This disparity is brought further into the light when considering the divide between private and state education; dependent again, on family income. Figures released by the Independent Schools Council (ISC) in September 2010, showed that close to two-thirds of all GCSE entries from private schools were awarded either an A or an A*, while nationally, 22.6 percent of entries score an A or above.
Nearly a third (29.5 percent) of private schools’ GCSE entries got an A* grade, compared to 7.5 percent nationally. According to an academic study by Cassen and Kingdon, 50 percent of pupils eligible for free school meals at GCSE level, will achieve no passes above a D grade. This age old private/state school bias can be seen even before the cap on tuition fees was raised.
As reported by The Badger in 2009, the Oxford University Chancellor Chris Patten, in an interview with the Oxford University newspaper Cherwell, attacked the “angry middle class parents” who have criticised his proposal of a rise in tuition fees commenting that “I think it’s paradoxical at the moment that quite a lot of parents pay a fortune to put their children through private schools and then resent it when they have to pay when universities charge more than £3000 a year.”
Patten here seems to have excluded any students at Oxford University that may have come from the state education system. In fact, in December 2010 The Sutton Trust noted that private school students are 55 times more likely to win a place at Oxbridge and 22 times more likely to go to a top-ranked university than students at state schools who qualify for free school meals.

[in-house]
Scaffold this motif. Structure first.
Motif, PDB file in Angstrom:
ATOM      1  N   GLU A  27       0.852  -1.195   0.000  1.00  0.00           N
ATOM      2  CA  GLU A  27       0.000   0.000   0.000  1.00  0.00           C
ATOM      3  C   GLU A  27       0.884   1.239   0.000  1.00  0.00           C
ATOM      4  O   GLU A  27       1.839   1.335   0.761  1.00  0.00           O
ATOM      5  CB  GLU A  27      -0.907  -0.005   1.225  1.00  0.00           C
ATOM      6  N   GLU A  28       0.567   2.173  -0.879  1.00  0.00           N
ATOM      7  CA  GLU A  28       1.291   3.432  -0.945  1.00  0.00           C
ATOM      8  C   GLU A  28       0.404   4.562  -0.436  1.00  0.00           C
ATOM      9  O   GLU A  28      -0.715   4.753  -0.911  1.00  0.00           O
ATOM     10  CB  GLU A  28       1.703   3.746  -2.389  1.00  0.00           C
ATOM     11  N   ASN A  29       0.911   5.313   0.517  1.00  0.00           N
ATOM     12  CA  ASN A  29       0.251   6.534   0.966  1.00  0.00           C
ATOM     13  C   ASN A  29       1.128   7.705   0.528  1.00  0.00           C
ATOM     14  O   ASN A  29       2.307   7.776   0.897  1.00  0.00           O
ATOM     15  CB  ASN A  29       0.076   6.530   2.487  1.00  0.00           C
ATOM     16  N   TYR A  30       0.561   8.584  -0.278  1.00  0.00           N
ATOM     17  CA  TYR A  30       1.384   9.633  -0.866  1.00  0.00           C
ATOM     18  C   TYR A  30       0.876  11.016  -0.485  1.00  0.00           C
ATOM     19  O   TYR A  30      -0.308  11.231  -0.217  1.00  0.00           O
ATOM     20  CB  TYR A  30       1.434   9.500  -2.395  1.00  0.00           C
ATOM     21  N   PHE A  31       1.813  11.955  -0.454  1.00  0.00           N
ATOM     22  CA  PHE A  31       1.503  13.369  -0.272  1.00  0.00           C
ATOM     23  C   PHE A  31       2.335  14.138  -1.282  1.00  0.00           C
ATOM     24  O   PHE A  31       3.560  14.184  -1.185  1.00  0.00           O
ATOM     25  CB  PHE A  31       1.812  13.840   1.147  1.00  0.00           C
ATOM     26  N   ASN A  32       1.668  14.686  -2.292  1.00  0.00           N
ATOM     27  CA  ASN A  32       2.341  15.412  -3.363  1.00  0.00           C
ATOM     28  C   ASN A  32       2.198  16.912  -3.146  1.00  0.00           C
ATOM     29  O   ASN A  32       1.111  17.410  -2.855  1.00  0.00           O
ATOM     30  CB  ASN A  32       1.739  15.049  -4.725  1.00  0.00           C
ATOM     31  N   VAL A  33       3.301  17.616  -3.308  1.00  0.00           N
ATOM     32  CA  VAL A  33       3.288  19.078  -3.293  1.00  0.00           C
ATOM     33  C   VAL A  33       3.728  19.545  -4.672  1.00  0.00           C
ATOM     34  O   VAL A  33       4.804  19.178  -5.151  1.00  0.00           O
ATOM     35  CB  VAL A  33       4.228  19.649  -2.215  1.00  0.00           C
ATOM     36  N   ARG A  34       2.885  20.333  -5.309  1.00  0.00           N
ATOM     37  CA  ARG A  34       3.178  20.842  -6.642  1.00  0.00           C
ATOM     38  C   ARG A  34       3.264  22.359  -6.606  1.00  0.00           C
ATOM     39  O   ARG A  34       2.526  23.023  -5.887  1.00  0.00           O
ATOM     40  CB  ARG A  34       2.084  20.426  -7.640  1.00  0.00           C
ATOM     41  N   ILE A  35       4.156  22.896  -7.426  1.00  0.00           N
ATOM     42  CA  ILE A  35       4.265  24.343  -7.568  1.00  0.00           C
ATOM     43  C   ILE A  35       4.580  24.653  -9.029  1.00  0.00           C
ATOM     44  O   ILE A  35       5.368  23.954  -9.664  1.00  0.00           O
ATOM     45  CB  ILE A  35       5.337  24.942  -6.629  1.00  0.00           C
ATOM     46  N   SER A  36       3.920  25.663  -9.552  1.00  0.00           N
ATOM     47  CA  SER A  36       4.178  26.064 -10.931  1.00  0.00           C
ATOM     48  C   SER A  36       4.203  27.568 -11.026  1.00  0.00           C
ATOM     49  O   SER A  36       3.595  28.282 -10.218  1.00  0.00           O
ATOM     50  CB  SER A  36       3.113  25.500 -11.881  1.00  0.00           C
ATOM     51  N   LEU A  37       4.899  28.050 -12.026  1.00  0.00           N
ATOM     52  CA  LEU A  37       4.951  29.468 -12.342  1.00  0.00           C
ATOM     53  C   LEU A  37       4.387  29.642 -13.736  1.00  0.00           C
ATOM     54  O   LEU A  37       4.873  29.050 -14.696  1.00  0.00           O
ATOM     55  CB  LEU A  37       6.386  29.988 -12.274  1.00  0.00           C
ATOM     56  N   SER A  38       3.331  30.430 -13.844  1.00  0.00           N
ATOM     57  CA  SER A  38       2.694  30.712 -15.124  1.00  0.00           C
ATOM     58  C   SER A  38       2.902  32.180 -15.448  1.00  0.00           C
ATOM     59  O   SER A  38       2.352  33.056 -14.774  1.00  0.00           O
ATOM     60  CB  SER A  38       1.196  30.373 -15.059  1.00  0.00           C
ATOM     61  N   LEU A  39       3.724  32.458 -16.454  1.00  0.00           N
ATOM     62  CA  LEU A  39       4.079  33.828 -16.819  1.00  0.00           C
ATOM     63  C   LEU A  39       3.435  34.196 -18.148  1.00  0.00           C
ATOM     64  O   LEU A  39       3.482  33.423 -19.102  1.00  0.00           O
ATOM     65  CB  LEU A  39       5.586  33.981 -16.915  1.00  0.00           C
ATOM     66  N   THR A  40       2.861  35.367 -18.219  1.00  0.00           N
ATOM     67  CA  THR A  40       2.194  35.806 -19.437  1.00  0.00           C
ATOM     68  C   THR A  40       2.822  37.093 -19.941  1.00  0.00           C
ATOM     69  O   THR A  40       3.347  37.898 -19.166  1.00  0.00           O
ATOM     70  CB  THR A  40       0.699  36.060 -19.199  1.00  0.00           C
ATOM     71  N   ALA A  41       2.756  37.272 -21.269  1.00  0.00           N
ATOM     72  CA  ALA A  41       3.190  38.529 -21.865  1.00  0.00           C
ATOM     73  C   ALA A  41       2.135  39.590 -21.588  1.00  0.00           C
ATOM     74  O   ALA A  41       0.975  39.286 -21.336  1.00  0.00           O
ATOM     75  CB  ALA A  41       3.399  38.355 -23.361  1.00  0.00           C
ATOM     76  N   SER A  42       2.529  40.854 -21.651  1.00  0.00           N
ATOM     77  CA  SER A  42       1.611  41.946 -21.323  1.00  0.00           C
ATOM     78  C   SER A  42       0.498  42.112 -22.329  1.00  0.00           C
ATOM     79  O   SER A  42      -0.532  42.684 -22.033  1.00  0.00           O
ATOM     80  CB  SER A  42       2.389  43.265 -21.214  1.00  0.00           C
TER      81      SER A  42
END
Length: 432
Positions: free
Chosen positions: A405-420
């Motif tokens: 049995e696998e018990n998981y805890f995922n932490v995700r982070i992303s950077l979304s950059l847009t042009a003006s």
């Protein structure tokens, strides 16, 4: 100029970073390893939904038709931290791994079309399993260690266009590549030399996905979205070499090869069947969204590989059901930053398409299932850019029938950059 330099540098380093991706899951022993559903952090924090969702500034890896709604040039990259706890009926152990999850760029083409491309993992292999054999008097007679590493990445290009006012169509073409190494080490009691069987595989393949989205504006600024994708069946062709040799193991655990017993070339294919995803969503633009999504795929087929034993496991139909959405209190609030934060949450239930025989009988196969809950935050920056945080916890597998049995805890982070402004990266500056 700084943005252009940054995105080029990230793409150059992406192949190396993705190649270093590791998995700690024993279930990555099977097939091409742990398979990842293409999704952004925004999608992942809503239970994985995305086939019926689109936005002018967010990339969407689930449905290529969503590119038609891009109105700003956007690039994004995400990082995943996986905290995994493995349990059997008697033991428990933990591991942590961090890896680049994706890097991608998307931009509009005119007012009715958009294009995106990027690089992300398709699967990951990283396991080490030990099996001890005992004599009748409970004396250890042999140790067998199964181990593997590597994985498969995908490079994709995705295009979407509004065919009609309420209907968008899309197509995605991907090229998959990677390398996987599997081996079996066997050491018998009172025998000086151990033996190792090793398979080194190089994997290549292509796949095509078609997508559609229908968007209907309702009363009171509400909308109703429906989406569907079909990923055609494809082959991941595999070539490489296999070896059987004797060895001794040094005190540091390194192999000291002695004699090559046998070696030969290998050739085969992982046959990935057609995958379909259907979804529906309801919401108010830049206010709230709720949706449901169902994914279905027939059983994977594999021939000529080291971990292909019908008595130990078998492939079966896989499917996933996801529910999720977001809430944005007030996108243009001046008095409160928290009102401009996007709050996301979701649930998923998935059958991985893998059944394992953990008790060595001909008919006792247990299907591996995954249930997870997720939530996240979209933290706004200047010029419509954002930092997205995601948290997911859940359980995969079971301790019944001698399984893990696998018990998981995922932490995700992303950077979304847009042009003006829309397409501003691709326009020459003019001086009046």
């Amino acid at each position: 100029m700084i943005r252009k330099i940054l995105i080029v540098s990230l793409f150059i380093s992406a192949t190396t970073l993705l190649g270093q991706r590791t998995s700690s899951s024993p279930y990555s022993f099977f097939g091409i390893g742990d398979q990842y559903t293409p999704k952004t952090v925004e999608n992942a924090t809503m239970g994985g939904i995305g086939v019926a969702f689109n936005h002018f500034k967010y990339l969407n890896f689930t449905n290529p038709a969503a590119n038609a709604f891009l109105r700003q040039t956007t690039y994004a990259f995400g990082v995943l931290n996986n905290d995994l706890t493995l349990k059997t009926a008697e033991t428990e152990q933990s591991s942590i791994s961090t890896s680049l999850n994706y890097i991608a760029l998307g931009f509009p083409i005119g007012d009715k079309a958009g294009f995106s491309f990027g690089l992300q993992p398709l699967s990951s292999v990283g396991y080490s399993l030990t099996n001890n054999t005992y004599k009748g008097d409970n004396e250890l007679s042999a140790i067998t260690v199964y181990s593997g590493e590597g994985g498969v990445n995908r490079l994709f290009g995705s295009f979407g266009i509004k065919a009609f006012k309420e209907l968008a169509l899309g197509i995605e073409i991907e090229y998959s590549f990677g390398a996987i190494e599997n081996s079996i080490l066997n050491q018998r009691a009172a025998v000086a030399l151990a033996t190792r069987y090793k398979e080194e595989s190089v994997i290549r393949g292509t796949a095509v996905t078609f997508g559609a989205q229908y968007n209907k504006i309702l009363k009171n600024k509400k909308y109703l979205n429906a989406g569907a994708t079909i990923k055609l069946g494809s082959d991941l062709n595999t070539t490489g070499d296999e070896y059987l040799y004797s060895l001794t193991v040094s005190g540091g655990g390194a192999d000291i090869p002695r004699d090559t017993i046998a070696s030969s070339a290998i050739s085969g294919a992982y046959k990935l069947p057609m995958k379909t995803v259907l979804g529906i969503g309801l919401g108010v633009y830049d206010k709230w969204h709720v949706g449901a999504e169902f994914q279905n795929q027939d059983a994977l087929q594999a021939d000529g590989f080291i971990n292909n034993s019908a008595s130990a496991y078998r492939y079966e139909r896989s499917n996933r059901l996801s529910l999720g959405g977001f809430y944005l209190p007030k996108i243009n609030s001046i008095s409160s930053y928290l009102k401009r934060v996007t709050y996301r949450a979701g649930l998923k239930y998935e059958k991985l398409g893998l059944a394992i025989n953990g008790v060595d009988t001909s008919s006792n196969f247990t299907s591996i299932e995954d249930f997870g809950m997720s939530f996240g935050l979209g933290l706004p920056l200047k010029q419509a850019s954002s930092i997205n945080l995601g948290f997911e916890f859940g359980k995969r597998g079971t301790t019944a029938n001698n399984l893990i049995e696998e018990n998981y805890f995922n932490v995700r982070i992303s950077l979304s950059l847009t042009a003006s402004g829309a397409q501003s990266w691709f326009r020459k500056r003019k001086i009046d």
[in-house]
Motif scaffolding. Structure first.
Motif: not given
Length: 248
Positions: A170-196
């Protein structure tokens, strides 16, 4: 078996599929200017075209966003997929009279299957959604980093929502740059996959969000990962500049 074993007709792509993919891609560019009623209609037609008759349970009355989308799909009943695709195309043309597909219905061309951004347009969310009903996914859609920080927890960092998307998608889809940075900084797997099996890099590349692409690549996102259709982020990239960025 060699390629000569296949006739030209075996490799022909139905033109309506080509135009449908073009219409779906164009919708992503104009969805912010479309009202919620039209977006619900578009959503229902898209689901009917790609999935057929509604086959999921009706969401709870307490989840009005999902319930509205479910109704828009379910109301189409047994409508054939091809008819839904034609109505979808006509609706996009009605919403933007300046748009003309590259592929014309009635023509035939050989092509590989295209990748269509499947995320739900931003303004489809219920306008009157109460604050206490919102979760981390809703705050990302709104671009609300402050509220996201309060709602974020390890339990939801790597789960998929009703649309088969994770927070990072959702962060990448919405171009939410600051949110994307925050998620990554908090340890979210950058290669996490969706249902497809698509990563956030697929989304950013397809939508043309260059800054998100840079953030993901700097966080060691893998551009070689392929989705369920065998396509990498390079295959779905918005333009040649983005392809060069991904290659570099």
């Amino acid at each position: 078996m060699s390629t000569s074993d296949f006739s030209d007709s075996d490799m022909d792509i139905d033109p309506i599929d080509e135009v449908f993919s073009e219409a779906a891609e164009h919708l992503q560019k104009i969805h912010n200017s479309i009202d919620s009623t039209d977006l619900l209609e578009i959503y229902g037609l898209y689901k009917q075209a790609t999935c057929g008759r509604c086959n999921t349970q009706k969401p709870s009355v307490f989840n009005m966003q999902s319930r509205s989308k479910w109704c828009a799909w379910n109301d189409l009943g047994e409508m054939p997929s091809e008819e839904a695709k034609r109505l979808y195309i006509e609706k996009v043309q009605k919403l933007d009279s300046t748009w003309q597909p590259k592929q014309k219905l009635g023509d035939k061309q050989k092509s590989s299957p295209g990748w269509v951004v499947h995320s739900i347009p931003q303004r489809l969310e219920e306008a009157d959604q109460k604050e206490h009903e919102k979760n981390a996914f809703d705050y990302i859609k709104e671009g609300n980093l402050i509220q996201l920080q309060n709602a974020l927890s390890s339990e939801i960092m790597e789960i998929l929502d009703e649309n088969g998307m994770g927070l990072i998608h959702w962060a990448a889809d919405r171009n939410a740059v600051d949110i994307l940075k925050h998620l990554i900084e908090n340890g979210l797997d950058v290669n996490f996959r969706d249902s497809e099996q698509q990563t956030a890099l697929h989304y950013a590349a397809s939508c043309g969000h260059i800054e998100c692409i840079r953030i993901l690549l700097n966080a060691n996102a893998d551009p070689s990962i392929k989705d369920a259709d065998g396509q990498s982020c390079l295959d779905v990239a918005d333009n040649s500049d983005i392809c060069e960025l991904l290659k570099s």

More broadly, of those in state education entitled to free school meals, only 16 percent would progress to university, compared with 96 percent from independent schools (Sutton Trust 2010). So while the government discusses certain ‘measures’ at university level, is it perhaps inconsistent that they are axing so many schemes set up to help pupils from disadvantaged backgrounds.
The old labour rhetoric of ‘Education, Education, Education’ is now something that seemingly belongs in a golden era compared to what young people are faced with today.
The University of Sussex’s assures prospective students that: “Aimhigher is one part of the widening participation work in which the University is involved. Part of the conditions likely to be set by OFFA under the new fee regime will be to ensure that effective widening-participation activities are undertaken directly by universities.
The University has been performing well against widening-participation benchmarks and intends to ensure that we continue to do so. Over 20% of our current intake is made up of talented students from poorer backgrounds”.
The current coalition government’s educational reforms appear to be making education that much more inaccessible to anyone from an underprivileged background. The ladder to HE, which once observed structures such as EMA has been removed, now replaced with an overwhelming price tag at a detrimental cost to educational progression and social mobility.
When pupils from a North London school sang, ‘We Don’t Need No Education’, on Pink Floyd’s single in 1979, they were wrong; actually, we do.